“If some people have taken a position where we say no coal, no nuclear, no hydro, then we’re really not serious,”.

The UN has reported that levels of electricity consumption have barely improved in Africa since the year 2000. The World Bank was set up to help starving and war-shattered countries provide for their people and stand on their own two feet, but in recent years progress has gone backwards, with the number of people in sub-sahraran Africa without access to electricity increasing by millions a year. America’s new stance is a welcome shift. Other countries should follow the US lead.

Confirmed: Coal to remain central to poverty reduction in Philippines

By | Phillipines | No Comments

New research shows that coal will remain the primary energy source used to develop the Philippines for the next ten years.

A report by Fitch Group’s BMI Research found that “growth in the Philippines power infrastructure sector over the next 10 years will be driven by investment in coal-fired generating capacity, as companies and the government build a slew of new power plants to support growing electricity demand.”

Based on current projects in the pipeline, the research found that the Philippines power sector will grow by 10% a year up till 2026, with the vast majority of that growth supplied by coal.

Like several other Southeast Asian countries, the Philippines has adopted a pragmatic approach to energy policy, with Energy Minster Alfonso Cusi stating that “while all countries have an obligation to combat climate change, we also have a particular responsibility to our people.”

Mr Cusi believes that developing countries should not be “constrained by rigid or arbitrary targets in sourcing our energy”, and has stressed that renewables “remain unaffordable in comparison to conventional energy sources.”

“This may not be an issue for consumers in wealthy countries, but poses a struggle for those in developing nations,” Mr Cusi said.

Japan and China are growing their own economies by helping the fastest growing countries access cheap and reliable power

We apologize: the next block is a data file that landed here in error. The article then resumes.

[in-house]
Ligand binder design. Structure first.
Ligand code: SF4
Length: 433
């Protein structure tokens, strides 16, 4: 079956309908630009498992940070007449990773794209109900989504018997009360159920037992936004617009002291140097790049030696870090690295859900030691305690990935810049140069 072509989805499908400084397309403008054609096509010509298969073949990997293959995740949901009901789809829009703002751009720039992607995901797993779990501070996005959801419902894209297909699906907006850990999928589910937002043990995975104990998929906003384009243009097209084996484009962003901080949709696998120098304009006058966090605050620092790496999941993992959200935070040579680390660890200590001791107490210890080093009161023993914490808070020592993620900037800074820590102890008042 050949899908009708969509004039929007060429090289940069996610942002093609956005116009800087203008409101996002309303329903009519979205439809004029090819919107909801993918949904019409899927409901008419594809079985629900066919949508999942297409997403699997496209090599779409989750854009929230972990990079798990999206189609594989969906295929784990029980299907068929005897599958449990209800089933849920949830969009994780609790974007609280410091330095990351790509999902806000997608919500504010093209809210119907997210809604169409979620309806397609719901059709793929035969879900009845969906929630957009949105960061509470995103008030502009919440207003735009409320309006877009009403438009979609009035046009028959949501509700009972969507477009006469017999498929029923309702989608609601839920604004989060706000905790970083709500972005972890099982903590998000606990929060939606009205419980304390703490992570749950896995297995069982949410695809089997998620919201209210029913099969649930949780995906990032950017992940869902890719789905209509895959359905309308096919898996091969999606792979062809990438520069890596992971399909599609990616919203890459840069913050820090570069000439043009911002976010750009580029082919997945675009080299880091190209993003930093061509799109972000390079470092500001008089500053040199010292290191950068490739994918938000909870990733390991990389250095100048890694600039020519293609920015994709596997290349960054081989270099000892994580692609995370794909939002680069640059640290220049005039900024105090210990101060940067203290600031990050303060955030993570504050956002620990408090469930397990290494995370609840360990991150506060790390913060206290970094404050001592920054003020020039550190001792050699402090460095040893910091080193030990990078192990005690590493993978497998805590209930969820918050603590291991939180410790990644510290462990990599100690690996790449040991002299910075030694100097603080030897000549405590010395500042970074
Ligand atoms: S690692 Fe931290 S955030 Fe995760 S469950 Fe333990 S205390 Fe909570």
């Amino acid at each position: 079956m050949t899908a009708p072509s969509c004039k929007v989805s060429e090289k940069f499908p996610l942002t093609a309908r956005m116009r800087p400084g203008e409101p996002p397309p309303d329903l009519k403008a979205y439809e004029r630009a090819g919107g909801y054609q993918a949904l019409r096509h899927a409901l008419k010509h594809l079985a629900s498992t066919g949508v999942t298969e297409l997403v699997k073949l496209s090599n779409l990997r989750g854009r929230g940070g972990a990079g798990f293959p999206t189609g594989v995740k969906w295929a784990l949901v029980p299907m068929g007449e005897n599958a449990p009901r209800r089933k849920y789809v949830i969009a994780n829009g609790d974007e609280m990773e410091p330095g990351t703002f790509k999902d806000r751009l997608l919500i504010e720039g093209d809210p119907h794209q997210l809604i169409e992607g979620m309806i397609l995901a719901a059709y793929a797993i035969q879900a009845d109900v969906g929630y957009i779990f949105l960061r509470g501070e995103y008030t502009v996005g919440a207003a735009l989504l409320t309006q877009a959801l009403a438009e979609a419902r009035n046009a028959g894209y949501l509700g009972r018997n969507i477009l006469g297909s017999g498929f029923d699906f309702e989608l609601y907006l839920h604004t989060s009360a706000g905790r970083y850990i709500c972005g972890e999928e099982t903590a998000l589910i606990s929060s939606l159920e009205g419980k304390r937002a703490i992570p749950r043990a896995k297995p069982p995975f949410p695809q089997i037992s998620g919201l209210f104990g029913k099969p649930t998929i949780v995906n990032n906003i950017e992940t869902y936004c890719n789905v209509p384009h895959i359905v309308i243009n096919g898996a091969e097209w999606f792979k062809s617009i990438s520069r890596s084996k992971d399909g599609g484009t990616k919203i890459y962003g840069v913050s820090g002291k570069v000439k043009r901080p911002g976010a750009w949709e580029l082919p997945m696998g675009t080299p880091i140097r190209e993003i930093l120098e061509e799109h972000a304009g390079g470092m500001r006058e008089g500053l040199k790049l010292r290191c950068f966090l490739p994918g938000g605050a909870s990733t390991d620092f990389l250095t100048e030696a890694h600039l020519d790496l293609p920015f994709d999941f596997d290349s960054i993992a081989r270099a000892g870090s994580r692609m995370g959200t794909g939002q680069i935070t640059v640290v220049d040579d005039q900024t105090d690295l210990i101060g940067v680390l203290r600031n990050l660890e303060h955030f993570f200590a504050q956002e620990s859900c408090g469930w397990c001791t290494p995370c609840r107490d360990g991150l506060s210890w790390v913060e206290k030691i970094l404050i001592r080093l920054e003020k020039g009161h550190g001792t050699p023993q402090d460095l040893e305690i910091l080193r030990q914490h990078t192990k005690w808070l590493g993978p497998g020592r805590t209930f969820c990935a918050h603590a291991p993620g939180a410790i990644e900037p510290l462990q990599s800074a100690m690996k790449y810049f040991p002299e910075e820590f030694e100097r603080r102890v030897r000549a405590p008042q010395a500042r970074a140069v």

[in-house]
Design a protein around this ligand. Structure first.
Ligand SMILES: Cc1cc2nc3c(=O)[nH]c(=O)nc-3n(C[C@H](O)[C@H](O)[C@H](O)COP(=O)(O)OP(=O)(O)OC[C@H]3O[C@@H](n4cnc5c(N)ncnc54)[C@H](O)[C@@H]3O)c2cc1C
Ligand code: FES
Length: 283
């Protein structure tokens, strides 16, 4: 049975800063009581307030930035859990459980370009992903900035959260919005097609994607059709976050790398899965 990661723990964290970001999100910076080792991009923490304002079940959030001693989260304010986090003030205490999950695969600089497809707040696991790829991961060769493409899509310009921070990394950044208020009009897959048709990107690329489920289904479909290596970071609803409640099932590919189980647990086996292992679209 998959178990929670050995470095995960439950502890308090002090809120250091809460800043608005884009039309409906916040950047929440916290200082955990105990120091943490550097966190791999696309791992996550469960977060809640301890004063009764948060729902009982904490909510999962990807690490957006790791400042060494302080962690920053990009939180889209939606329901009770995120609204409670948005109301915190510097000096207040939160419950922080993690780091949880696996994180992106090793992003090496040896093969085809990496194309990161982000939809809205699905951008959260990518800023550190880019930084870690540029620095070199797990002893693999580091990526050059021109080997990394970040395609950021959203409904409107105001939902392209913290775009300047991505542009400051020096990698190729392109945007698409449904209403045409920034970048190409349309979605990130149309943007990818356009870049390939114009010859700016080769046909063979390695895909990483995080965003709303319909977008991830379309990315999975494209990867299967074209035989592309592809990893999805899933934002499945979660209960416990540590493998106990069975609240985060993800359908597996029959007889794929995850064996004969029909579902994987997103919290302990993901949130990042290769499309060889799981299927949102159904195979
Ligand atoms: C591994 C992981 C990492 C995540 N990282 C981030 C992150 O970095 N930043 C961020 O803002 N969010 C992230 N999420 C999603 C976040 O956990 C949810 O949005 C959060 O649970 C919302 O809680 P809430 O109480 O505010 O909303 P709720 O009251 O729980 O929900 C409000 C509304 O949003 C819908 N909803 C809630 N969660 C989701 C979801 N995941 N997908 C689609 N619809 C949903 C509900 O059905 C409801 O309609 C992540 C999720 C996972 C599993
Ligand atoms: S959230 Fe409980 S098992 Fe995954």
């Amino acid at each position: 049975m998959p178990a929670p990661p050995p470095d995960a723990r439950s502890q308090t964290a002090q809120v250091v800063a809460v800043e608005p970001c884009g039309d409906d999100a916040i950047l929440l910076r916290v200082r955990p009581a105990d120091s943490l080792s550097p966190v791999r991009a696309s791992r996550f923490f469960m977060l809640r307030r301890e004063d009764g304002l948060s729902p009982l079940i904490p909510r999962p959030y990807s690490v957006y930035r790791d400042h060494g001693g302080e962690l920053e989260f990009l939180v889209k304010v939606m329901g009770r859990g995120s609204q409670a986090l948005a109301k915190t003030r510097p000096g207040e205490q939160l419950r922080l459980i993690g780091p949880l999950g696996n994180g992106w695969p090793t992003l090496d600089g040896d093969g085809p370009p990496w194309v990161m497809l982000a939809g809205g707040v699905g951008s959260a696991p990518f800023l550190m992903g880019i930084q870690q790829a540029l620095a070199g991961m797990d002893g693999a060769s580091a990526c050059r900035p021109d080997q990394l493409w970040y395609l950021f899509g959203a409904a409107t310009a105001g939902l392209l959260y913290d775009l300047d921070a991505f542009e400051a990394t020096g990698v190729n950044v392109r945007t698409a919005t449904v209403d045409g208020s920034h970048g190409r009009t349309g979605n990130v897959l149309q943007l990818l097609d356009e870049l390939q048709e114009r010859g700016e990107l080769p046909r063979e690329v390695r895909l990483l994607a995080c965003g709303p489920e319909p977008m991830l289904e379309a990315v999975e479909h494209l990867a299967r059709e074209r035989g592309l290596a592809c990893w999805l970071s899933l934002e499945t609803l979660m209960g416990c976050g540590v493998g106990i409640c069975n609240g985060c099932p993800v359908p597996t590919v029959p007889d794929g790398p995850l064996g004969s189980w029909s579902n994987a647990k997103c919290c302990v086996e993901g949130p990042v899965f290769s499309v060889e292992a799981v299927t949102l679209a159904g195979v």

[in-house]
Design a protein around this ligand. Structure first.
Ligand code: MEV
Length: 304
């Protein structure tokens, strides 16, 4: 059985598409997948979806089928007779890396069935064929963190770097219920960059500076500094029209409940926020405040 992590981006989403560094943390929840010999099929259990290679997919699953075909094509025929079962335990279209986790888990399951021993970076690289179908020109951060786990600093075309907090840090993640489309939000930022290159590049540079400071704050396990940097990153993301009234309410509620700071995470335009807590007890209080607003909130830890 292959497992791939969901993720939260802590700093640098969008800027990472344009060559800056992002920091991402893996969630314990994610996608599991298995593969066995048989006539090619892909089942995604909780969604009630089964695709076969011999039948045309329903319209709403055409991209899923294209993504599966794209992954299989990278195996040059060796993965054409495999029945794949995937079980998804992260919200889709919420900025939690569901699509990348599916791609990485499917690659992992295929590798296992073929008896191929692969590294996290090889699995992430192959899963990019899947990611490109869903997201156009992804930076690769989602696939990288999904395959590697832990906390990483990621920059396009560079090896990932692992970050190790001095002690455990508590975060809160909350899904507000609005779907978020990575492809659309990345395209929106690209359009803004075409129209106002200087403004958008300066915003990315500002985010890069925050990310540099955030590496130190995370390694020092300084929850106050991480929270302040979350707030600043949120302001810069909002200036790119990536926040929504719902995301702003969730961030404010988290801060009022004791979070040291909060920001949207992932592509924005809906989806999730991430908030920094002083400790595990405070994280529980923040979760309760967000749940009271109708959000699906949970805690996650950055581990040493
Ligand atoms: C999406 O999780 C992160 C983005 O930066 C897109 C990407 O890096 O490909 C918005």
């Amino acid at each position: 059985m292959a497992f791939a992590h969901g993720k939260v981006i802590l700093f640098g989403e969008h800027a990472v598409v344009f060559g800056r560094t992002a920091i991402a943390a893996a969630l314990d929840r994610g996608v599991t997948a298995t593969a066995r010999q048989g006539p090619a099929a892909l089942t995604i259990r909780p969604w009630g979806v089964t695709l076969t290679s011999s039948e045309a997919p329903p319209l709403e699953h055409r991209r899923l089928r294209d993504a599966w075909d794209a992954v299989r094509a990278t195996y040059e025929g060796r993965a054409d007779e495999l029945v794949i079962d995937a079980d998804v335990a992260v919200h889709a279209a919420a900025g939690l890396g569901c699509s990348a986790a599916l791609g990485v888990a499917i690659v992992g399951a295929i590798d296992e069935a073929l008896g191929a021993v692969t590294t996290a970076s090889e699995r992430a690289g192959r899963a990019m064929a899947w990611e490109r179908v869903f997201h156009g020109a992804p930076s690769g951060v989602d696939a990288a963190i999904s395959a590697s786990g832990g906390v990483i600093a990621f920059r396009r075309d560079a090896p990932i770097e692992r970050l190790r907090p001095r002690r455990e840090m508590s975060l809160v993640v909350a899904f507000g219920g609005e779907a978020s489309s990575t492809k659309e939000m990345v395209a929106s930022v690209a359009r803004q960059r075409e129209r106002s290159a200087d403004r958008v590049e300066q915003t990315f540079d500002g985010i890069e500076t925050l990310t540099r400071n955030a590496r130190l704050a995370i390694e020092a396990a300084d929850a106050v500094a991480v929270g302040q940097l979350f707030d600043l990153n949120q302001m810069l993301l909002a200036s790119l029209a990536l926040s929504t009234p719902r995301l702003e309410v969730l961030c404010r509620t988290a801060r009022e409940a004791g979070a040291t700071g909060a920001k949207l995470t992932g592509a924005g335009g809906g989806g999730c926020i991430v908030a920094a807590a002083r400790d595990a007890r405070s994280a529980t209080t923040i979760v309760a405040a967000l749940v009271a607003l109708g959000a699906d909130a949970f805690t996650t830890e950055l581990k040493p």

By | Affordable electricity, Indonesia | No Comments

New analysis shows that China and Japan are making billions helping other Asian countries access cheap and reliable power. So why isn’t the UK?

A recent study of the Indonesian energy sector revealed that 18 of the 22 coal-fired power plants built there since 2010 had been financed by Chinese or Japanese development assistance.

Indonesia, which has a population of 260 million, is desperate for energy to power its growing economy. The World Bank estimates it needs to create at least 1.7 million jobs a year for the young people entering its workforce, requiring large amounts of baseload electricity (which can’t be provided by weather-dependent renewables). For Indonesia, cheap and locally abundant coal is the fuel of choice.

China and Japan have stepped up to provide assistance, partly to help a key trading partner but also to support their own manufacturers – which are providing Indonesia with the latest “ultra-supercritical” technology.

By boosting the efficiency by which energy is extracted from coal, these power plants produce significantly less carbon dioxide than older systems. One recent study found that if every country in Southeast Asia moved to upgrade its coal plants with this technology, the equivalent annual carbon emissions of China, the US and the EU could be saved by 2035.

The UK and US also have expertise in this technology, but have so far failed to capitalise on it because of official restrictions on funding for coal power. However, with the US now signaling it’s prepared to support the pragmatic use of coal in energy poor countries, the UK’s stance looks increasingly dogmatic.